7 Eye Safety Tips While Swimming
June heralds the official arrival of summer, which means plenty of sunshine and warm temperatures. The best way to beat the summer heat is typically with a refreshing swim. Whether you’re swimming in a pool or heading out on a beach vacation, we recommend that you follow these tips to keep your eyes healthy without diminishing your fun in the sun.
1. Wear Goggles
The water in rivers, lakes and oceans harbor bacteria and microbes. The most frequently found parasite is the Acanthamoeba, an organism that causes eye infections. Water in pools also consist of eye irritating chemicals. Goggles should be worn to protect your eyes in both types of environments while still enabling you to see underwater.
2. Remove Contact Lenses
Wearing contact lenses while swimming can lead to eye irritation, infections and much more serious complications, such as corneal ulcers. These are typically the result of microbes that attach themselves to the lenses and irritate the eye. Some other reasons as to why contact lenses should be taken out before you dive in include:
- Rigid lenses are likely to be displaced
- Soft lenses tend to absorb chemicals and bacteria, tightening the eye and causing irritation.
Prescription swimming goggles are the perfect solution to help you see clearly underwater and eliminate the risk of infection.
3. Use Eyedrops
Opening your eyes while underwater washes away the natural tears that lubricate your eyes and provokes certain eye conditions, such as dry eye syndrome. Using eyedrops before and after swimming helps minimize the drying effect of the water.
4. Wear Sunglasses When Out of the Water
Ultraviolet radiation can harm your eyes as much as your skin. Short-term, high-dose exposure to UV rays can cause photokeratitis, or inflammation of the cornea, and extended exposure has been connected to macular degeneration, cataracts and eye growths. High-energy visible (HEV) rays can also infiltrate the eye and cause damage to the retina. Sunshine reflecting off of the sand or water intensifies UV radiation, hence why it’s important to wear sunglasses when out of the water. Close-fitting, wraparound sunglasses are the best because they limit the amount of sunlight that reaches your eyes above and around the edge of your lenses.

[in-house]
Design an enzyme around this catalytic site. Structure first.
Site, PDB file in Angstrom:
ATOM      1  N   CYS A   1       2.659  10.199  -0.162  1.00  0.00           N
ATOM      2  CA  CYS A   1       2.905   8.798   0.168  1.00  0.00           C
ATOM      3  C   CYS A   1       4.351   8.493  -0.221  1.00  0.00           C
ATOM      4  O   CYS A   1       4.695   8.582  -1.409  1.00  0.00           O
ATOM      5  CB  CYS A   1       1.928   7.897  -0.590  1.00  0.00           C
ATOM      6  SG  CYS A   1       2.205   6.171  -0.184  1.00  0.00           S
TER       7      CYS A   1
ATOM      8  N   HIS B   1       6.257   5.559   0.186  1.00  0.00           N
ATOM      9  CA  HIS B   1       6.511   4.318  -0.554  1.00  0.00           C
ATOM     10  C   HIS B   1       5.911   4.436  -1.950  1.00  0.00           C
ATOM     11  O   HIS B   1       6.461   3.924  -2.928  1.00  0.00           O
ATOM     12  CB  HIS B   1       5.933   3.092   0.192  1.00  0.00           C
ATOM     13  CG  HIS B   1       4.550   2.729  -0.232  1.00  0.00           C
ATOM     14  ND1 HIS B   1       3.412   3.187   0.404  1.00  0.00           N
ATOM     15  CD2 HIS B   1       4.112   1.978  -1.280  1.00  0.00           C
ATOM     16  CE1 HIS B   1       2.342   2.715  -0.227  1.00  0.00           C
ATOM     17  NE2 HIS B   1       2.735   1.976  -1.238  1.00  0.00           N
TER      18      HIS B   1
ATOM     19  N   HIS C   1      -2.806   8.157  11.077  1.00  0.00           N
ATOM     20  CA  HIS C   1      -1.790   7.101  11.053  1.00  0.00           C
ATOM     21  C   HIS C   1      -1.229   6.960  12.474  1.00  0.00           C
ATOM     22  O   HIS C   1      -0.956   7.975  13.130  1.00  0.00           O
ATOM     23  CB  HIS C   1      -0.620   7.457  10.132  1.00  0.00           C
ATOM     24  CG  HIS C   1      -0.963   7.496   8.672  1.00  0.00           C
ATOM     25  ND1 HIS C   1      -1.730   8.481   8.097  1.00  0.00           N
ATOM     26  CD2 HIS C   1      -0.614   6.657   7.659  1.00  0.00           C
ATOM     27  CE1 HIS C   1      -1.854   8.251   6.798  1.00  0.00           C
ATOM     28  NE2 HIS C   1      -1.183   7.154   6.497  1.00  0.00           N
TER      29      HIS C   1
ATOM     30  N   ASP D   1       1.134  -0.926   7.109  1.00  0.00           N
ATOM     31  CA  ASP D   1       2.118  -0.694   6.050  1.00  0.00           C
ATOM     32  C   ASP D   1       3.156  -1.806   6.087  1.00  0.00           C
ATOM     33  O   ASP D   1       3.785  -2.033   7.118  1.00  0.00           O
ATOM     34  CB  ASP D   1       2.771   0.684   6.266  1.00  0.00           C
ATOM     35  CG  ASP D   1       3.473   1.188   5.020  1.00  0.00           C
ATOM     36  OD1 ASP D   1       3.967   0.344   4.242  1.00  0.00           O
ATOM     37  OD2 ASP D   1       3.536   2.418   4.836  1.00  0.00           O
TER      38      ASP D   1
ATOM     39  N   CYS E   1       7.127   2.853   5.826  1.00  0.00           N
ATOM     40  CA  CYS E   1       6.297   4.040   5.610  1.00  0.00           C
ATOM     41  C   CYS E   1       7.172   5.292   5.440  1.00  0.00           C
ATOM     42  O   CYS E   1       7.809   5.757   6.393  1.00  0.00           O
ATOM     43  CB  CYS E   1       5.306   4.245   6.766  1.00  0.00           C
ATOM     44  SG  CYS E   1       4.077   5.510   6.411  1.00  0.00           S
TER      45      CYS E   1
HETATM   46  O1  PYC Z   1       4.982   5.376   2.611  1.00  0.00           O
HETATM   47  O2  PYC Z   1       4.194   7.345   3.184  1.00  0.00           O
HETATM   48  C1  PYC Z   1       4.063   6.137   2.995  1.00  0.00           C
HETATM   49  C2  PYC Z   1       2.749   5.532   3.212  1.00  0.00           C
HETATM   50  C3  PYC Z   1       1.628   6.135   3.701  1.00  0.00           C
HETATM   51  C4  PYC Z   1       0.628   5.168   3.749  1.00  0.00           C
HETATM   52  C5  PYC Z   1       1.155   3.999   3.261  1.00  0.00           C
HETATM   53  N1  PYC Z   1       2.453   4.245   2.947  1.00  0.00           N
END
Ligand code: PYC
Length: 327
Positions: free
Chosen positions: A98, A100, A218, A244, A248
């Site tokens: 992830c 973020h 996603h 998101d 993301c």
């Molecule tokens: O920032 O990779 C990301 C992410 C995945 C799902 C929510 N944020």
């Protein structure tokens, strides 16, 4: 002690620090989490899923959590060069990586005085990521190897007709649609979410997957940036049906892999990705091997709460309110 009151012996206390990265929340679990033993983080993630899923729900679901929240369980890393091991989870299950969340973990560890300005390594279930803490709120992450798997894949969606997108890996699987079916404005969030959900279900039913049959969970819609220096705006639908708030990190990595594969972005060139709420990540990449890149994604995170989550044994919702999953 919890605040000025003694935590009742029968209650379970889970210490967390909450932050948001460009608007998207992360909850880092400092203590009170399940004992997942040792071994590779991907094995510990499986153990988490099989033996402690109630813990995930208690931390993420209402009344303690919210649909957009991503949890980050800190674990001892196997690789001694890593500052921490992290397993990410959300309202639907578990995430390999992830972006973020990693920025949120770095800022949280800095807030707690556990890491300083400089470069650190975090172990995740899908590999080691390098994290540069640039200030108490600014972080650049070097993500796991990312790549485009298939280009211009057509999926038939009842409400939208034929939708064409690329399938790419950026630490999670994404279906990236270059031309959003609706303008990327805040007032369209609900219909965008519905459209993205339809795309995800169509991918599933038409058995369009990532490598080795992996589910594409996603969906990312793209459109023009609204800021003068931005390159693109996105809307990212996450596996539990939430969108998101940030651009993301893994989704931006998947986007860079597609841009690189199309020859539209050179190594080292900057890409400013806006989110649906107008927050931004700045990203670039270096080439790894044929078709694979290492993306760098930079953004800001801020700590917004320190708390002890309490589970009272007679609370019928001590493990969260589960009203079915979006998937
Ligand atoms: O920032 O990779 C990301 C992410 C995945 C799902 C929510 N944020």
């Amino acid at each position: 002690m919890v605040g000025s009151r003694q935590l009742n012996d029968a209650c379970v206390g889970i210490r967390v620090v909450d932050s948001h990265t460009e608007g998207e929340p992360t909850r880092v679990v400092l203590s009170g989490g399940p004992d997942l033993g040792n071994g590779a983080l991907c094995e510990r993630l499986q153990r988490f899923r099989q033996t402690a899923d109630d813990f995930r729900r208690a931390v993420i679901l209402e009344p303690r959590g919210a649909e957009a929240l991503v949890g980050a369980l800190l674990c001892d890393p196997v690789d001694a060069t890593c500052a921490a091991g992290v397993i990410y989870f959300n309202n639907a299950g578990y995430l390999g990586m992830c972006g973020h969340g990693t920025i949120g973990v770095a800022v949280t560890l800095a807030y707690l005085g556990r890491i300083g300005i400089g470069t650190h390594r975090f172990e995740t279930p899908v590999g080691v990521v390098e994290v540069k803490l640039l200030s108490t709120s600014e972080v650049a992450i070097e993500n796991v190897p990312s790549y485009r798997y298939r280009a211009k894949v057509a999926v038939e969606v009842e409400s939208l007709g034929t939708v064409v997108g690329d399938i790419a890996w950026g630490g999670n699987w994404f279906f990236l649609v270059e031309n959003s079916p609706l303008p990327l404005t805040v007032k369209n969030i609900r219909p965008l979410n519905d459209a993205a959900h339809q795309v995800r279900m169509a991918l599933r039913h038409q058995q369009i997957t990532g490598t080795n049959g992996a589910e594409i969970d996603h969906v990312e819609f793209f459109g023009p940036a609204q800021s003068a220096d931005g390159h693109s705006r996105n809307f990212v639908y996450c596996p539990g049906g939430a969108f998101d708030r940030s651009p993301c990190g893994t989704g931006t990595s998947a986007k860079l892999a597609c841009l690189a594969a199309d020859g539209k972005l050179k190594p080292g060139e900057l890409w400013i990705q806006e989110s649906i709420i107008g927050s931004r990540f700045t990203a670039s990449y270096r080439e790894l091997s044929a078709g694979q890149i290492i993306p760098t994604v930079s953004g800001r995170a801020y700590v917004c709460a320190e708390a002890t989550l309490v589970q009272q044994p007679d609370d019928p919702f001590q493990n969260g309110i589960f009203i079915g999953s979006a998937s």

5. Boost Your Antioxidant Intake
Research shows that people with low levels of vitamin C and other antioxidants face an increased risk of retinal damage from HEV radiation. Boosting your intake of antioxidant-rich foods will help reduce this vulnerability.
6. Drink Plenty of Fluids
The tear film that shields your eyes is 99 percent water. Drinking 8 to 10 glasses of water a day, and more on days when you go swimming, will help keep your tear film sufficiently hydrated and healthy.
7. Don’t Rub Your Eyes
When you get out of the water, avoid touching your eyes. Wash your hands, and then place a cold compress on your eyes to relieve any stinging or irritation.
CorrectVision Laser Institute is one of Florida’s most advanced vision correction practices with extensive experience in eye health. Our goal is to open your eyes to the world of great vision by offering unparalleled expertise and the most advanced technology available. Contact us today for a consultation with one of our South Florida eye specialists, located in Hollywood, Weston and Pembroke Pines!